An oil pipeline being built across the southern part of Michigan is drawing new scrutiny from state regulators who recently cited the pipeline's operator—Canadian-owned Enbridge, Inc.—for violating laws that protect Michigan's waterways.
The violations occurred when Enbridge allowed nearly all the water it was using to test the pipeline's strength to escape into a creek instead of capturing some of it for treatment—and when the company did not self-report the violation to the Michigan Department of Environmental Quality (MDEQ), as required by law.
MDEQ officials told InsideClimate News they will now re-examine reports Enbridge filed after conducting similar tests on two other sections of the line. The new pipeline is supposed to replace Line 6B, which ruptured in 2010 and poured more than a million gallons of heavy Canadian crude oil into the Kalamazoo River.
The reports are important because the agency relies on pipeline operators to follow regulations and to inform officials when things go wrong. Enbridge violated that trust, the state said, when it failed to abide by at least 11 terms of the permit that allowed the company to conduct the test. The violations included not having a qualified operator at the site to supervise the procedure and not properly analyzing the water it put back into the creek.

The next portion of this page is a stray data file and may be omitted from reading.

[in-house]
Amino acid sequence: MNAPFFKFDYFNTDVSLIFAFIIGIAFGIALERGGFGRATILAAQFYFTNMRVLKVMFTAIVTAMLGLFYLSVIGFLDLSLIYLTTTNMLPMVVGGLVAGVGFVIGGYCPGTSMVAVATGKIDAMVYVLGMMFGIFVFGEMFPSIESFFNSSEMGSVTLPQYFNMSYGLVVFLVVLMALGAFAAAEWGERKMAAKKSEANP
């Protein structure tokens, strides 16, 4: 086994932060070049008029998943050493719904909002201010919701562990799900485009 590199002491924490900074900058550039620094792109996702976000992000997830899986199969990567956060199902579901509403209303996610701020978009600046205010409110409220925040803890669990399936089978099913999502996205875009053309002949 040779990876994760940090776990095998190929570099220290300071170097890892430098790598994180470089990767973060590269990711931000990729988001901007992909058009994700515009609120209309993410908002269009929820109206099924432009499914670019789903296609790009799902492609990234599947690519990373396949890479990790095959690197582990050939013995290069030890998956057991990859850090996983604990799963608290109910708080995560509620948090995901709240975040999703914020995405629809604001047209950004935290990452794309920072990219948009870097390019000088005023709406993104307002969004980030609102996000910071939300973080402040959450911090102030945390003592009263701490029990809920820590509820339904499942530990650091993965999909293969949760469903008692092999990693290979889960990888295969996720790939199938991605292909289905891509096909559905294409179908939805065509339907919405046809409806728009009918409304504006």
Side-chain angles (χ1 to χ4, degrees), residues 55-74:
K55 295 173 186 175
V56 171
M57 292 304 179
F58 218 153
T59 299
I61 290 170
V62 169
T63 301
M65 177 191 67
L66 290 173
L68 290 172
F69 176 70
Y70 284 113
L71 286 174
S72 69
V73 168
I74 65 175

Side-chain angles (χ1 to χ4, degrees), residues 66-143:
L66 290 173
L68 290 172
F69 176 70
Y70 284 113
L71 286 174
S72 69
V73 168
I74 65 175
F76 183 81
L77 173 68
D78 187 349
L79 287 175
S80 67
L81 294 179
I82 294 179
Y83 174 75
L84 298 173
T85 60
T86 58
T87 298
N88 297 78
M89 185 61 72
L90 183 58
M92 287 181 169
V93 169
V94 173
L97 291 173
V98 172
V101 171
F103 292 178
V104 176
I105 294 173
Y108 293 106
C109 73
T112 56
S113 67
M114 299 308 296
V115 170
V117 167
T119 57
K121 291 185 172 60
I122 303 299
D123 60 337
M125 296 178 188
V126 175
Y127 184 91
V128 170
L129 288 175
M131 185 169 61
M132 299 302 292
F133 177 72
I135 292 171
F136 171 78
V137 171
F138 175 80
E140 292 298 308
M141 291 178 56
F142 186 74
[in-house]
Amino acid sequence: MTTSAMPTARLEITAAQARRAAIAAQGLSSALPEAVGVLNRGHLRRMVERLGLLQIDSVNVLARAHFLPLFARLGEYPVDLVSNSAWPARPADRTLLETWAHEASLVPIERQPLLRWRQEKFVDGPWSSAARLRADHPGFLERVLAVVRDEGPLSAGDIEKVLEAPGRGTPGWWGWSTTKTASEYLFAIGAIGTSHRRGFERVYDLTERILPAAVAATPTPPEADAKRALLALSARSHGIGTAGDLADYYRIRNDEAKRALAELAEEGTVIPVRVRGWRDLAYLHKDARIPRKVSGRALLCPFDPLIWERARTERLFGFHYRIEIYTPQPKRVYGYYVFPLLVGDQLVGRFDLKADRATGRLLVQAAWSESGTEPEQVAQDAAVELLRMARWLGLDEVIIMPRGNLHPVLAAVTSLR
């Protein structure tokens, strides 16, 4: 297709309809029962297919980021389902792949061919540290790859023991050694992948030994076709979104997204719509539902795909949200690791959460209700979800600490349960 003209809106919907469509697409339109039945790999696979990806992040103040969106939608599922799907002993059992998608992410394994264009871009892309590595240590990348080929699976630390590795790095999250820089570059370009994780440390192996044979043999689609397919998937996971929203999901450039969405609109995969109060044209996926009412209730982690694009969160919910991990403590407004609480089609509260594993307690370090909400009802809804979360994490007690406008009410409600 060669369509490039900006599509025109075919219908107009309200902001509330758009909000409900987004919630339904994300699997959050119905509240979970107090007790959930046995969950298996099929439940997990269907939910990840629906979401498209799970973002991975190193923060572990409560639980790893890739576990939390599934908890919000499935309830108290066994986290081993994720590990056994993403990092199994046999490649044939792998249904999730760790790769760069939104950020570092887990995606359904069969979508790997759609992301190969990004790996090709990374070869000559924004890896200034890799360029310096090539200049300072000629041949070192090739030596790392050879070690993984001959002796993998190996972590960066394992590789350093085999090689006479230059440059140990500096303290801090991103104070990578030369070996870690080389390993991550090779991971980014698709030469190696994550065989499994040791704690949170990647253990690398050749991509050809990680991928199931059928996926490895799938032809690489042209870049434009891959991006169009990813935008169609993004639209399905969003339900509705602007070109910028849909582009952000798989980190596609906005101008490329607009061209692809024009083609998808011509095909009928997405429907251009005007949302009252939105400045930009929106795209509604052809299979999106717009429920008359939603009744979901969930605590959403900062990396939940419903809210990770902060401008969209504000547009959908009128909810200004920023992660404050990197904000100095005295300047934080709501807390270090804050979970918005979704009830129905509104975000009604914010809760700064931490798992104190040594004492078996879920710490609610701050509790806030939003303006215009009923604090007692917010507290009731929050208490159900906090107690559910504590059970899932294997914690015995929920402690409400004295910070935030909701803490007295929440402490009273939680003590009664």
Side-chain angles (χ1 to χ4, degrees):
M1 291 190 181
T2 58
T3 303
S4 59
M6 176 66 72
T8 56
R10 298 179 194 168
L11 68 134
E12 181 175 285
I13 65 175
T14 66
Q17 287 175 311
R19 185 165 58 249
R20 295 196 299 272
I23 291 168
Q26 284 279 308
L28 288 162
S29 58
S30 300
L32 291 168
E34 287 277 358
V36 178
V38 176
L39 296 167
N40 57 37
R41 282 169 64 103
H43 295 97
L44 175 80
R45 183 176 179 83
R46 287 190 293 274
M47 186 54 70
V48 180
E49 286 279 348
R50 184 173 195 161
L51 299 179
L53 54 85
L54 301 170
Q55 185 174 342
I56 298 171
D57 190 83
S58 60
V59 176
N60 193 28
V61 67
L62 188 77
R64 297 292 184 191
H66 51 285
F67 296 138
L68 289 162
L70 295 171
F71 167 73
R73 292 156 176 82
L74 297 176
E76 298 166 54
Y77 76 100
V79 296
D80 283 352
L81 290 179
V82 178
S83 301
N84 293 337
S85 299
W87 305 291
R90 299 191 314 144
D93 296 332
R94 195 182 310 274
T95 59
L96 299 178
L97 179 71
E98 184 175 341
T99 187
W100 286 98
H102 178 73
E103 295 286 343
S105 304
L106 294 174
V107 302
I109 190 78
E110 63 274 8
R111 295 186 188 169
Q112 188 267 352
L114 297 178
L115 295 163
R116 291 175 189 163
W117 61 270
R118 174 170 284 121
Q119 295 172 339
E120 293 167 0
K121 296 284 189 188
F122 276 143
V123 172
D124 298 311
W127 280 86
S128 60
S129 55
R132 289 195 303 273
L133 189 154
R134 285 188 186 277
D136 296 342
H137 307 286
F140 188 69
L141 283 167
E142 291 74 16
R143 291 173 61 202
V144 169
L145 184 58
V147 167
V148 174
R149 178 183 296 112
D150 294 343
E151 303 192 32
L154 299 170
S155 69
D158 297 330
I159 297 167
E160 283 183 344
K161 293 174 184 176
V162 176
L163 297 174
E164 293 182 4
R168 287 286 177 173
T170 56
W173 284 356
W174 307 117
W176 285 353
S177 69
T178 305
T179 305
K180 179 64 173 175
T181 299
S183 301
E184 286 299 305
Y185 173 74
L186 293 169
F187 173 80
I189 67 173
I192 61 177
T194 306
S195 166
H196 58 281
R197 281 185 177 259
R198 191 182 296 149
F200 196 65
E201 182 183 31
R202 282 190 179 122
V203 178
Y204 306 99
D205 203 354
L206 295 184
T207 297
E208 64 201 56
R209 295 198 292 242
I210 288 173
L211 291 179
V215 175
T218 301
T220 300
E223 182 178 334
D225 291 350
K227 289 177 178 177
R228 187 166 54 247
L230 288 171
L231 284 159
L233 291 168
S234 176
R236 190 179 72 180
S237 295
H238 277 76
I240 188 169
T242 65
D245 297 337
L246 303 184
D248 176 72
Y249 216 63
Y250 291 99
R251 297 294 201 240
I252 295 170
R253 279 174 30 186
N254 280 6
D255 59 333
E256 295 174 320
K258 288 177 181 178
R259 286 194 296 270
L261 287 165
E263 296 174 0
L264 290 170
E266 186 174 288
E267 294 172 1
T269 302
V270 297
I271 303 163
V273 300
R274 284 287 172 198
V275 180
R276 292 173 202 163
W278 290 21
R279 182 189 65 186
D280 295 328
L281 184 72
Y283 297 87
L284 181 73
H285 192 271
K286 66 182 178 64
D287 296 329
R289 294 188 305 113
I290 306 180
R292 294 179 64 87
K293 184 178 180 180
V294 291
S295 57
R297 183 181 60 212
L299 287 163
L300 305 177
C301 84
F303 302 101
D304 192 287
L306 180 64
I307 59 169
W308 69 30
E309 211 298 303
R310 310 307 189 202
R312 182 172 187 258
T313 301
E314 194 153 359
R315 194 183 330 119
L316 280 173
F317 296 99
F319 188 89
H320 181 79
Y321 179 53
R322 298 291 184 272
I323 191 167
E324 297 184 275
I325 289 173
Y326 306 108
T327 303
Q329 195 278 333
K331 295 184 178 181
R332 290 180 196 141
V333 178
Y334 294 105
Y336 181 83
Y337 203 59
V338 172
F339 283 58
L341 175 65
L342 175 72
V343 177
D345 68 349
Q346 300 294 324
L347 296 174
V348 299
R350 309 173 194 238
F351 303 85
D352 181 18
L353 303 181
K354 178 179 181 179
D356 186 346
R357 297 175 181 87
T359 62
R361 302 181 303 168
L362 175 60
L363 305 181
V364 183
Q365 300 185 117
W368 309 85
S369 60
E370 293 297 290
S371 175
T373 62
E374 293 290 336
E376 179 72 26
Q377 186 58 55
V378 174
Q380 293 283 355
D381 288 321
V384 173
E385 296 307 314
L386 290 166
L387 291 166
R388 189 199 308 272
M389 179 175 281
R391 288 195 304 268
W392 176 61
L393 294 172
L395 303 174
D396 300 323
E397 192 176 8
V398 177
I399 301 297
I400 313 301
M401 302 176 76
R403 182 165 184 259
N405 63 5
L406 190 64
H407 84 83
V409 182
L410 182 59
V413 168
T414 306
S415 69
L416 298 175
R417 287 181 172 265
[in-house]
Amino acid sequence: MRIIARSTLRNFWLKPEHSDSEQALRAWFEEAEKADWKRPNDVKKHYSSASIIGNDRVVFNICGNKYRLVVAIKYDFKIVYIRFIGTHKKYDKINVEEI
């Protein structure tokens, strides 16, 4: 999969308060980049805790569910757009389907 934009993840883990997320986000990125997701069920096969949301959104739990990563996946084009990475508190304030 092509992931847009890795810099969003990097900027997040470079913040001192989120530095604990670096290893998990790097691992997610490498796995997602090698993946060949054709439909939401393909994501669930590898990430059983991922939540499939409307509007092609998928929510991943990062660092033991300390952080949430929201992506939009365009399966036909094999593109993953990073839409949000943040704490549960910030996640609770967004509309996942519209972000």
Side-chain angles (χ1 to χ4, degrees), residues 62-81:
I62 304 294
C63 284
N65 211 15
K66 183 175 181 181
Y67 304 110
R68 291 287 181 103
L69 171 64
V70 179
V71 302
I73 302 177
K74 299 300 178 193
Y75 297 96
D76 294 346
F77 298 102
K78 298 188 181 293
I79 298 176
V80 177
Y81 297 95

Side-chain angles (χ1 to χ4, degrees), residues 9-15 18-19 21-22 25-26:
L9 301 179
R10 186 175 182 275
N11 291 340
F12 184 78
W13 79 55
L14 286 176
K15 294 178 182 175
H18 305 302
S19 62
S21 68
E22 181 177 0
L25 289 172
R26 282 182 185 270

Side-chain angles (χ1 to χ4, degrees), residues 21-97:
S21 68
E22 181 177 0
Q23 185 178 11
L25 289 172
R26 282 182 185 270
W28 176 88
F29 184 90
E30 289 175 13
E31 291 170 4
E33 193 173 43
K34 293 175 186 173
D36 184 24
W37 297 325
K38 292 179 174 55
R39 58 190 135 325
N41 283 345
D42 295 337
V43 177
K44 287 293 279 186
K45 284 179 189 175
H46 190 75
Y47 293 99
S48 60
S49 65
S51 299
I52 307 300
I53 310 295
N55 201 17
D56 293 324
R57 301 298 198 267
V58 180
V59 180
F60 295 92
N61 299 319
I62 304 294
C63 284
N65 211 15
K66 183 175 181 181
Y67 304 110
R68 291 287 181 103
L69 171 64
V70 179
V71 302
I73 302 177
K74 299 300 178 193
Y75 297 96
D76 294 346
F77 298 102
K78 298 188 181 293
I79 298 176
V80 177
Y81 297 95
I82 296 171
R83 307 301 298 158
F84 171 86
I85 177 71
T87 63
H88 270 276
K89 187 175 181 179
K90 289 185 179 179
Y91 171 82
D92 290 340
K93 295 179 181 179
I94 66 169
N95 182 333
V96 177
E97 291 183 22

When Diane Wilson complained of headaches and coughs after an oil pipeline ruptured in Mayflower, Ark., her doctor treated her for allergies.
When Genieve Long came down with nausea, rashes and a fever, her doctor couldn't provide a diagnosis.
When Ann Jarrell's 6-month-old grandson began wheezing, a doctor sent him home with asthma medication.
All three families live within a few hundred yards of the March 29 oil spill that sent more than 200,000 gallons of heavy Canadian crude oil through Mayflower. Their experiences offer a snapshot of the confusion surrounding the health impacts of the spill, an uncertainty created by limitations in the science, physicians' lack of training in environmental health and a communication gap between local health officials and the people they are meant to serve. Like families who lived near two other large oil spills—the June 2010 spill in Salt Lake City, Utah and the July 2010 spill in Michigan's Kalamazoo River—they are still searching for answers.